Passport, the Foreign Policy magazine blog, has a story today on the ruckus the Major of Mexico City is kicking up over the U.S. embassy's practice of blocking access to a public street that adjoins the embassy property: Has the U.S. annexed a Mexico City street?
Mayor Marcelo Ebrard ... has taken up the cause of reopening Rio Danubio, a narrow one-way street off Paseo de la Reforma, the capital's main promenade modeled after the Champs-Elysees in Paris.
"The Embassy has not had, nor does it have, authorization to occupy public spaces," Ebrard told reporters. "They shouldn't be the ones who occupy the city with the aim of providing security."
Passport links to this story from the Miami Herald, which provided the above photo.
His Honor the Mayor may or may not know why the practice of blocking access to Rio Danubio started, since it goes way back to 1986, but it was, in fact, for the purpose of providing better security to the visa applicants who line up outside the embassy.
The section of Rio Danubio in question is a one-block stretch that runs between the embassy office building and the Marie Isabel Sheraton hotel. (In the photo, the embassy is just out of view on the right; the Sheraton is the building on the left.) In 1986, the embassy's consular section was located in a lower level of the embassy office building and visa applicants queued up along Rio Danubio to be admitted into the embassy, one small group at a time, via a side entrance that was roughly in the middle of the block. The street had a fair volume of vehicle traffic, some of it associated with a side entrance into the Sheraton, and it was not unusual for cars to be parked there.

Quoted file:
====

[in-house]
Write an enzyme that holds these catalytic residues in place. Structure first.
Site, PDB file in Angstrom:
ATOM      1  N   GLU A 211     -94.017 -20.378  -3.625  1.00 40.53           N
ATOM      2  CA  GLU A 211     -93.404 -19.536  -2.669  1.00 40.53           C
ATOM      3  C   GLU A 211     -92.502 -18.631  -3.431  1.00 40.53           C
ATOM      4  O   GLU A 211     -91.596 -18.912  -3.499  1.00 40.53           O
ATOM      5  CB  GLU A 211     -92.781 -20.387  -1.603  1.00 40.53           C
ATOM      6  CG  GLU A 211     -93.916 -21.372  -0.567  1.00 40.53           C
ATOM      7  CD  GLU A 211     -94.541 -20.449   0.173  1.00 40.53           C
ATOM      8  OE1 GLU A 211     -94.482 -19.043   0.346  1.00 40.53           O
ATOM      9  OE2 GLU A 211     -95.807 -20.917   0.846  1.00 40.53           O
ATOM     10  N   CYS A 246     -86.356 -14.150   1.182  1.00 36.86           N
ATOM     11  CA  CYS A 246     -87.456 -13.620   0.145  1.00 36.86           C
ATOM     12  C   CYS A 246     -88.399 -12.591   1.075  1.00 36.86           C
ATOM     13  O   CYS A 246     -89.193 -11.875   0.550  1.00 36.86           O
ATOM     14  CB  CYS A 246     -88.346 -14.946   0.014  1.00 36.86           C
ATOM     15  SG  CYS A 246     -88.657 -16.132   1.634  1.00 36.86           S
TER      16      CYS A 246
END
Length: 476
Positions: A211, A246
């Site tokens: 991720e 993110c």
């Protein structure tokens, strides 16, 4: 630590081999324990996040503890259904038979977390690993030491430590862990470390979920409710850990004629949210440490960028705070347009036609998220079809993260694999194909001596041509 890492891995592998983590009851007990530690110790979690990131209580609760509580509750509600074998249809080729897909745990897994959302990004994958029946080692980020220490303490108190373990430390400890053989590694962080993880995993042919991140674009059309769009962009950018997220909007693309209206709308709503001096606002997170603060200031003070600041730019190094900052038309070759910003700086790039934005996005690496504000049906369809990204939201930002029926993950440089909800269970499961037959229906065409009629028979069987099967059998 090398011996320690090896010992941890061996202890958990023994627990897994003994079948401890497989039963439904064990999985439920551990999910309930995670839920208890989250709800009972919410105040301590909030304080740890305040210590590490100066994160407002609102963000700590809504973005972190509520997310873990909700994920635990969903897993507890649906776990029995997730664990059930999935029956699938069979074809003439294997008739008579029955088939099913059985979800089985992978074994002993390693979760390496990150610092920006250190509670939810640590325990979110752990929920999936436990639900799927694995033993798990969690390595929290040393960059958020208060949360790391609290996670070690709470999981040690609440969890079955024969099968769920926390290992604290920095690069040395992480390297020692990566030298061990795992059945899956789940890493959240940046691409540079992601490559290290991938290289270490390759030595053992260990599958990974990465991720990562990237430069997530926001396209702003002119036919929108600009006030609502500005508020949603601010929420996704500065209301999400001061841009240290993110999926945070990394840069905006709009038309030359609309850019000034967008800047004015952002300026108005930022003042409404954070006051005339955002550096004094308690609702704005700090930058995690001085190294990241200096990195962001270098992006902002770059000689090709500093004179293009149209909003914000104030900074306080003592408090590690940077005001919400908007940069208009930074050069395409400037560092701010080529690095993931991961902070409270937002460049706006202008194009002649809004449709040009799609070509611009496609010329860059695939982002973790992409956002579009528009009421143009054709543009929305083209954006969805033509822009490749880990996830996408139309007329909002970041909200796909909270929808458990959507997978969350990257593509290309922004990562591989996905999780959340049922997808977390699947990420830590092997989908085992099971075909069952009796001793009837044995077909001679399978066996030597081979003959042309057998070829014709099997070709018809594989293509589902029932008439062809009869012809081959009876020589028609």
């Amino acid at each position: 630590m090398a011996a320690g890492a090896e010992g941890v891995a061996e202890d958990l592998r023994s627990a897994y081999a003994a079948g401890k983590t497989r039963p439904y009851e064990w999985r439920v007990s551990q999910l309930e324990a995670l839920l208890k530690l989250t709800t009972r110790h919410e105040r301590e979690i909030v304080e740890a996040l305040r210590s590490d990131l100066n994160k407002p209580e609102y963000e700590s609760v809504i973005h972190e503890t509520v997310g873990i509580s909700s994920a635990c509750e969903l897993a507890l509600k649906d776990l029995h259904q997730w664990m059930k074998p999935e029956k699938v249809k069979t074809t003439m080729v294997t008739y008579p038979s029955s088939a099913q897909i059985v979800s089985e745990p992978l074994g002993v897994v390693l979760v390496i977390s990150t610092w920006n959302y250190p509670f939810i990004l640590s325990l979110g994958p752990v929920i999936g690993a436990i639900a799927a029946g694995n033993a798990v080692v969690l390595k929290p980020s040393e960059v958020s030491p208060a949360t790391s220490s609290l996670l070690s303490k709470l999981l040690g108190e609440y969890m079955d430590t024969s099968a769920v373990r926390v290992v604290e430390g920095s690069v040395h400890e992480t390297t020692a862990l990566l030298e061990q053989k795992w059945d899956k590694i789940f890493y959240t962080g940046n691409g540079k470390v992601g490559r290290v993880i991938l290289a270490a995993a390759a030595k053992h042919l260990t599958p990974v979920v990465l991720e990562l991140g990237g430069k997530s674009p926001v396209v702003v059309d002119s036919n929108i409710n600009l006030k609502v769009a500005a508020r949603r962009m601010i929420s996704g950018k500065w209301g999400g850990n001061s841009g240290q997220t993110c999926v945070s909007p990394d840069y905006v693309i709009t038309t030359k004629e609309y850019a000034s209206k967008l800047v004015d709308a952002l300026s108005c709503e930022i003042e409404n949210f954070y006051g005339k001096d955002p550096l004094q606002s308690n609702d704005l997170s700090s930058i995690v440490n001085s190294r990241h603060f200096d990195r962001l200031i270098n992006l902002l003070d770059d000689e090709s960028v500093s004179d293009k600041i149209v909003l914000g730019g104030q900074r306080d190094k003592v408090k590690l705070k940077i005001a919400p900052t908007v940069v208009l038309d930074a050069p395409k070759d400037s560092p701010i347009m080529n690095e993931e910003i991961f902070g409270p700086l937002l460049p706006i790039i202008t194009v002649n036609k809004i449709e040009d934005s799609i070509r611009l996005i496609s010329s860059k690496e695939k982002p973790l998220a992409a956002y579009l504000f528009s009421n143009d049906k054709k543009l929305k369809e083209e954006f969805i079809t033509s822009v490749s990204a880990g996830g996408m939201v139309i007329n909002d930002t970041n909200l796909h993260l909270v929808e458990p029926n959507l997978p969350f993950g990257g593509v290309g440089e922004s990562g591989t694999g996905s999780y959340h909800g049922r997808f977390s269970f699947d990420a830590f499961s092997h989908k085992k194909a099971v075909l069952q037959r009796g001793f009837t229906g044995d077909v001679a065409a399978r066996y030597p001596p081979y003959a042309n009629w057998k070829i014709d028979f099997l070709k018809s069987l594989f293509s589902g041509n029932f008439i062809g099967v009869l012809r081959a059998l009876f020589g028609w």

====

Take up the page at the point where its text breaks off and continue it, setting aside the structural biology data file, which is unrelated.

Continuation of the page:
In May 1986 a group calling itself the Commando Internacionalista Simon Bolivar parked a carbomb on Rio Danubio next to the hotel's side entrance. That put the bomb directly opposite the routine daily queue of visa applicants; clearly, it was an attempt to cause mass casualties. Fortunately, the bomb was discovered and rendered safe by the police (if I recall correctly, the bomb's crude homemade timer had failed), so no one was injured.
To protect against another such attack the U.S. Ambassador at the time, John Gavin, insisted that the local authorities allow the embassy to take control of Rio Danubio. They refused, until Ambassador Gavin applied pressure by shutting down all visa processing in Mexico City, after which they caved in pretty quickly.
Another Ambassador might not get away with shutting down visa processing - Gavin was an old Hollywood friend of President Reagan's, and he seemed serenely assured that he would remain Ambassador for so long as he wished no matter what kind of protests the government of Mexico and its allies in the U.S. made to the Secretary of State - but it's an option worth considering in case Mayor Marcelo Ebrard gets out of hand.